The Washington Post commands international respect. Despite being a regional daily, its fame as a serious broadsheet reaches across the globe.
With such a strong brand, it's not surprising that The Washington Post Company is joining the fray in the daily freesheet market.
Its new weekday tabloid, Express, launched this summer and is distributed free at Metro stations throughout the Washington area.
Express is designed to be a quick, 15-to-20-minute read and its full-colour pages carry the usual mix of world and local news, sports, entertainment, career, health and travel stories.
With a number of publishers launching freesheets across the US and with pros such as Metro International sizing up the various US city markets, why did The Washington Post invest?
"Commercially, we think that it will be good business and it will create an additional way for us to reach readers," Christopher Ma, the publisher of Express, says.
He thinks it was extremely important, if there were going to be new distribution models in the paper's home market, to ask: "Why shouldn't it be us?"
Given Washington's busy underground system and the preponderance of upscale people travelling in America's political capital, it does seem to be a good spot for a commuter freesheet.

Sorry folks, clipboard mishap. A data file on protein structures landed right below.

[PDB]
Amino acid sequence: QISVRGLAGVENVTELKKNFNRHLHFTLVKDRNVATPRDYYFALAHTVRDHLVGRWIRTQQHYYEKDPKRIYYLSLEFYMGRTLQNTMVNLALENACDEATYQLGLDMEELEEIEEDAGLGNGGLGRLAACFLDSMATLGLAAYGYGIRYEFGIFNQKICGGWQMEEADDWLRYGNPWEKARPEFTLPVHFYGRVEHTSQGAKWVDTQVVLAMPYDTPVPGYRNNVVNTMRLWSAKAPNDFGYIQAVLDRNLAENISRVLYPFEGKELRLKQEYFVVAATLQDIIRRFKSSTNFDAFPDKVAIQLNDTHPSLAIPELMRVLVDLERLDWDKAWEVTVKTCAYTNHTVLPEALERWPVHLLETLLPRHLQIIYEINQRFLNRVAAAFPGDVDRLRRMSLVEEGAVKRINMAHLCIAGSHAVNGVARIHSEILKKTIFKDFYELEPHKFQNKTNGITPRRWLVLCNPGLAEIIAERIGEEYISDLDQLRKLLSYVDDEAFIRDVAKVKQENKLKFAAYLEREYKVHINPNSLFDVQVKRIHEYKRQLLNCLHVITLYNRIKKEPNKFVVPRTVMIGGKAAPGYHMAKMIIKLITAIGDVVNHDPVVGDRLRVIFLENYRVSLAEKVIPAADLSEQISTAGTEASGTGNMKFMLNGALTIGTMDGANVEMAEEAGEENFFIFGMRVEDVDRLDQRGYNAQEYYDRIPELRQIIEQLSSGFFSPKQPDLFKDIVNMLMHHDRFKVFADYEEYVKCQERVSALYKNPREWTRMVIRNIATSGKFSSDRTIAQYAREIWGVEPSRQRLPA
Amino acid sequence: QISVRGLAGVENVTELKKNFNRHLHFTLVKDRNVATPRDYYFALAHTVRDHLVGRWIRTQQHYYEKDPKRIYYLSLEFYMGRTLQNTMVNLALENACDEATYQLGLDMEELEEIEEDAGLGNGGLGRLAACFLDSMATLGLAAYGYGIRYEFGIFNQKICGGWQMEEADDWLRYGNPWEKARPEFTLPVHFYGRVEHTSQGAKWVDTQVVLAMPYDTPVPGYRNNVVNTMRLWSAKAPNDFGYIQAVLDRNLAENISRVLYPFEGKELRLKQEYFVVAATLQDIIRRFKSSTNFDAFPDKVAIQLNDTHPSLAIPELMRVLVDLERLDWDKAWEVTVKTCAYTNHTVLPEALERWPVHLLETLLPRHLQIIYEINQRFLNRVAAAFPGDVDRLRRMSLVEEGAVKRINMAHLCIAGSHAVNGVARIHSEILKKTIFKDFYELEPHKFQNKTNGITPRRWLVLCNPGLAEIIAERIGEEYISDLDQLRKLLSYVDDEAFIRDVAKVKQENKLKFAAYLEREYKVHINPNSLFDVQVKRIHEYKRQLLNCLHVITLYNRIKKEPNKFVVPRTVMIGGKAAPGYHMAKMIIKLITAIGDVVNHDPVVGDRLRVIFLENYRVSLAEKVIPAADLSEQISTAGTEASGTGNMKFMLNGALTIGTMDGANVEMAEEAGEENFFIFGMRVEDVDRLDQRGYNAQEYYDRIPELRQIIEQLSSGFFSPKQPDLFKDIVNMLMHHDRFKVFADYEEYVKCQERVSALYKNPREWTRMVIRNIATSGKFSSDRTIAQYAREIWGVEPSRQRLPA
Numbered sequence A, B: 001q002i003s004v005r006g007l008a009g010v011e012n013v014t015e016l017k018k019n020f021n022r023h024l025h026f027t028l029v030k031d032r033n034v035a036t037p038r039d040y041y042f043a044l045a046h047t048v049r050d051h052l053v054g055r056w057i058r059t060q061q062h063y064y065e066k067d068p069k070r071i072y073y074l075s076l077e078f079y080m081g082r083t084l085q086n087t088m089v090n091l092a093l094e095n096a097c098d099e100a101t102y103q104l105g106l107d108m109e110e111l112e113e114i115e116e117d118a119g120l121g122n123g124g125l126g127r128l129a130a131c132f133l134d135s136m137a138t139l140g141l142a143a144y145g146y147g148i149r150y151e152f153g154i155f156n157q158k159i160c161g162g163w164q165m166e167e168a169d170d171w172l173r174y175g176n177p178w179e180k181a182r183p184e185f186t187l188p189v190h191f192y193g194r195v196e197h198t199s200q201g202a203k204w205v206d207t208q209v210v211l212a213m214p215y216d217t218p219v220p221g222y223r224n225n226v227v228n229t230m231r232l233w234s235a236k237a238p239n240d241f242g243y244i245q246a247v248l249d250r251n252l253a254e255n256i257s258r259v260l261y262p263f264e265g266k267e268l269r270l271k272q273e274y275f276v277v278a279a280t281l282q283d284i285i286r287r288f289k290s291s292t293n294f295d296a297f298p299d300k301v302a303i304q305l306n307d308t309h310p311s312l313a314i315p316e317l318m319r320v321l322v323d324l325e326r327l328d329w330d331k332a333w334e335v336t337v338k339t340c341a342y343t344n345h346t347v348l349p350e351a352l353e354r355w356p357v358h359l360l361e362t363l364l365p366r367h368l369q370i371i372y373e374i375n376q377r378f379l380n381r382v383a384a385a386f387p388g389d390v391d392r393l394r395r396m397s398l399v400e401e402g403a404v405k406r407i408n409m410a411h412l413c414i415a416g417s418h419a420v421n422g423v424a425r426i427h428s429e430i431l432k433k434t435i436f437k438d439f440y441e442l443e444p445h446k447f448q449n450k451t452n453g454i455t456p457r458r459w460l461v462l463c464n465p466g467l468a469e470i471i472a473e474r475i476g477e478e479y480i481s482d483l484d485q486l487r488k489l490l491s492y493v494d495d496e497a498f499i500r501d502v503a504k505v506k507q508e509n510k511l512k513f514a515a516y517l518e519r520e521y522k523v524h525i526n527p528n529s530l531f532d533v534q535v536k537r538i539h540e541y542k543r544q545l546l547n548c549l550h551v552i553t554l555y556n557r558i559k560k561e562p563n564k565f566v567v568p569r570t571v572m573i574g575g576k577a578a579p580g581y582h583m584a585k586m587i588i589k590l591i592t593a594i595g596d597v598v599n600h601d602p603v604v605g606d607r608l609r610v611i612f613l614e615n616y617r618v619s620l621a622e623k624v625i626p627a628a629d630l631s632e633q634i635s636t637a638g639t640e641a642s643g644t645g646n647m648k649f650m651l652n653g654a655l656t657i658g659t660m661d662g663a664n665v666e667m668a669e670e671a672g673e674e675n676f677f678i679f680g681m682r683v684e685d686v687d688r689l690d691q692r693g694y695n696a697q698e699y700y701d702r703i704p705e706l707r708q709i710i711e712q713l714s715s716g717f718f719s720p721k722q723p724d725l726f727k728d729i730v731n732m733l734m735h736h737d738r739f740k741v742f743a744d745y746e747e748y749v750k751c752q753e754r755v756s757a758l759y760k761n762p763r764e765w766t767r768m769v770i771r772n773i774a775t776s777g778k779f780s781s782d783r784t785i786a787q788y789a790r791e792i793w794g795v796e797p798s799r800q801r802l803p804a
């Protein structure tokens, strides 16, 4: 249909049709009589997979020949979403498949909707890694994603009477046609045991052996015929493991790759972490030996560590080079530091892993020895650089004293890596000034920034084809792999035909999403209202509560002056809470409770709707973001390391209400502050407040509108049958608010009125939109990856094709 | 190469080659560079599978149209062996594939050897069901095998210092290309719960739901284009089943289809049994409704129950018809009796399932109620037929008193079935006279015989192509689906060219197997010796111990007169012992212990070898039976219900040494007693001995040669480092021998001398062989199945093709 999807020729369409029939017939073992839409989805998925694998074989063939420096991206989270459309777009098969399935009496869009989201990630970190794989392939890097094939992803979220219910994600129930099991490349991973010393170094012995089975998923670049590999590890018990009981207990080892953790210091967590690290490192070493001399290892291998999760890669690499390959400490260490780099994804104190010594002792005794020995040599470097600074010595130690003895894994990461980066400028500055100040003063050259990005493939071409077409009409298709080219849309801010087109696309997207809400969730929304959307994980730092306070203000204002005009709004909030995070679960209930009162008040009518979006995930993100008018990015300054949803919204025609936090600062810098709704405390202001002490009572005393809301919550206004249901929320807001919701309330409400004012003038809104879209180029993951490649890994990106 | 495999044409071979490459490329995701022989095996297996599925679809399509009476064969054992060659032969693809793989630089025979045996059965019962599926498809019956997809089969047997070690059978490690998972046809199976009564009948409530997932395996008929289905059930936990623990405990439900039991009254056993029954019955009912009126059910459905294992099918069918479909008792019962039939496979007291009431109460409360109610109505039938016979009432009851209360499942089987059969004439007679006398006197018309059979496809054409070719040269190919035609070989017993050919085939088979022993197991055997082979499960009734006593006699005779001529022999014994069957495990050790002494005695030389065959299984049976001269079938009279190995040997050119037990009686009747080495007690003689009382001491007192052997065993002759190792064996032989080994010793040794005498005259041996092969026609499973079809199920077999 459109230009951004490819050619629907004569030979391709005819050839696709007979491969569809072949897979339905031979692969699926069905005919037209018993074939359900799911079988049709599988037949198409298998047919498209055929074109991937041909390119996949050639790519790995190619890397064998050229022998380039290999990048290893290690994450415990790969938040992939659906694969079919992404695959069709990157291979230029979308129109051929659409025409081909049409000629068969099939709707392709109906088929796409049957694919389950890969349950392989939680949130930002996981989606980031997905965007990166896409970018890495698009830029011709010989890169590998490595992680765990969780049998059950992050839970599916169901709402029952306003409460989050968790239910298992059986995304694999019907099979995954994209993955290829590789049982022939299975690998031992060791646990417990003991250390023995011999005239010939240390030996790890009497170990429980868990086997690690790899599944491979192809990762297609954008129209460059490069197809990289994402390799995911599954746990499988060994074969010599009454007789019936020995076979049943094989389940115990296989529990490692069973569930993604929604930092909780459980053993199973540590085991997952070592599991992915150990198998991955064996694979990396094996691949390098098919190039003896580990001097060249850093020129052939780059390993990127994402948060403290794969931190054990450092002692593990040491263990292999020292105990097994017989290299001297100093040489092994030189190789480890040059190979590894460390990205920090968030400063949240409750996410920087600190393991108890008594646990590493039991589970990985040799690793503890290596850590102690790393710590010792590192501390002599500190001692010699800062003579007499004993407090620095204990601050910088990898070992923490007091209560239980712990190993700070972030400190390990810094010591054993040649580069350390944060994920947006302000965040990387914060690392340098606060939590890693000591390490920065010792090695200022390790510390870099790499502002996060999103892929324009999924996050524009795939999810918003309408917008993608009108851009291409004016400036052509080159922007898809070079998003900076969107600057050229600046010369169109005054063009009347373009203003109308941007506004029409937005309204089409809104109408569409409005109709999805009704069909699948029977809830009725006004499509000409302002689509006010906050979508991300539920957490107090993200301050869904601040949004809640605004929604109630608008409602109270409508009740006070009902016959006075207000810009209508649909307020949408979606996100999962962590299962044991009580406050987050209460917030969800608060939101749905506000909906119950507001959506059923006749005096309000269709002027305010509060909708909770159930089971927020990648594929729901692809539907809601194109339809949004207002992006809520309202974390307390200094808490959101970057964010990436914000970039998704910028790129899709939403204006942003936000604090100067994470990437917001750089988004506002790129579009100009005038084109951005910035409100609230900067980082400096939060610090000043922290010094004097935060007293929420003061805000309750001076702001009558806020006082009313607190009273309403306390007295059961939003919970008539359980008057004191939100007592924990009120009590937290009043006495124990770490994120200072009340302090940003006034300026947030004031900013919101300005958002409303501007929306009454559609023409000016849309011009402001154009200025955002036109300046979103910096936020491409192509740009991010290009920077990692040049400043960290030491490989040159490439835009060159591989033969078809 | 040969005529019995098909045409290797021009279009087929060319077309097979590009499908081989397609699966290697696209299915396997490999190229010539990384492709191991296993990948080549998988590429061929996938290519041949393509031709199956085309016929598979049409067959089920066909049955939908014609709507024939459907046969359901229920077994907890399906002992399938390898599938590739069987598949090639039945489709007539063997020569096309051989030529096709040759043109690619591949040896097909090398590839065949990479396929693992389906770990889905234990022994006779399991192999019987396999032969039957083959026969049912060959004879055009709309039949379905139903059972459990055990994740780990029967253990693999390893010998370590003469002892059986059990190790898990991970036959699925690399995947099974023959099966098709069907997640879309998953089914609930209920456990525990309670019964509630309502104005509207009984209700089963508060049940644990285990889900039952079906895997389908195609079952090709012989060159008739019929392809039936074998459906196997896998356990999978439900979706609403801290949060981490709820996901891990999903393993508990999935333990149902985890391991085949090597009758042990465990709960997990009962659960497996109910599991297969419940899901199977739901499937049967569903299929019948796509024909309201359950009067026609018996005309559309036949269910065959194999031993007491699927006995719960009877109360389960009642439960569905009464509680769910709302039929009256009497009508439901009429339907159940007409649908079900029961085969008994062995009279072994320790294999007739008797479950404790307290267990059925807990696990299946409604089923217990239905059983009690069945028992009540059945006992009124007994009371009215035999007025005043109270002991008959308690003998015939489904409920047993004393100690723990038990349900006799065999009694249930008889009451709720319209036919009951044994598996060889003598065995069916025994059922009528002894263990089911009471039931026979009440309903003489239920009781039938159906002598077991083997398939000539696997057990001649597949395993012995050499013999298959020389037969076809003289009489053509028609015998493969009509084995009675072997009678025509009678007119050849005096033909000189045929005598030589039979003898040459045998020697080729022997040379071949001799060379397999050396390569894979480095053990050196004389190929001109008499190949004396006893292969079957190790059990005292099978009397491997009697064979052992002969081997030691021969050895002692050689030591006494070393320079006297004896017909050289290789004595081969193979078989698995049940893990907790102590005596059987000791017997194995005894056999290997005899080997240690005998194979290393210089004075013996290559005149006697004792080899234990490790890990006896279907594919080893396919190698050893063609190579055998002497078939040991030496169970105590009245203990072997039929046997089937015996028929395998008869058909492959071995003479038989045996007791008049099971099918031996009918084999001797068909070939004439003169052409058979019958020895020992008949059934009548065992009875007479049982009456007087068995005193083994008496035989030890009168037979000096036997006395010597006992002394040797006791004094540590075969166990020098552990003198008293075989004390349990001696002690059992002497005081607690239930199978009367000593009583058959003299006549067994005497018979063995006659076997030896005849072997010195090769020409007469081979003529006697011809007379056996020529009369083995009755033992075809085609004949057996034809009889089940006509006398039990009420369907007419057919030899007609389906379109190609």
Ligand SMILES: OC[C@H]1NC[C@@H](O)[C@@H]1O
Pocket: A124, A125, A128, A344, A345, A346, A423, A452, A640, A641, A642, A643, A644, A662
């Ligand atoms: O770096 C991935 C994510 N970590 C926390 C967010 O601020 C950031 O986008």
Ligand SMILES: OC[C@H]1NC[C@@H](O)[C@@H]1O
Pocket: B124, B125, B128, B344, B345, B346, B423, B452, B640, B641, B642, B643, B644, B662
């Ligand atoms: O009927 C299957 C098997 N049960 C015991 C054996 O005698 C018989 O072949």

"It was an attractive demographic," Ma says, "really busy people on the move, many of whom are young and many of whom are infrequent or non-newspaper readers." And although the market wasn't empty, Ma explains that the only potential rival had a more local spin to its editorial.
Although Express is published as a separate entity, with its own editorial team and much of its content syndicated, it is clearly branded as a sister title to The Washington Post. "It does make a difference," Ma says. "I think the brand has helped to validate our news judgment and provide important credibility."
The back office and the sales and marketing operation are shared across titles, which allows for cross-selling and cost efficiencies.
Ma is quick to assert that there has been no noticeable cannibalisation of the parent title. The Washington Post, with a circulation of 760,000 is a respected and authoritative read, but does not have the same younger audience. Express, with its target audience of 18- to 34-year-old readers, would seem a canny way of expanding the readership and Express readers are being directed to The Washington Post and its website.
So, after a couple of months on the streets, how is the new publication faring? The Washington Post Company is happy so far, especially with anecdotes of copies finding their way into the White House. "As with any publication it will take time to develop," Ma says, "But we're pretty much where we want to be."
Format: daily tabloid freesheet
Daily number of copies distributed: 125,000
Ad rates: $1,800 full page
Ownership: The Washington Post Company
Launch: 4 August, 2003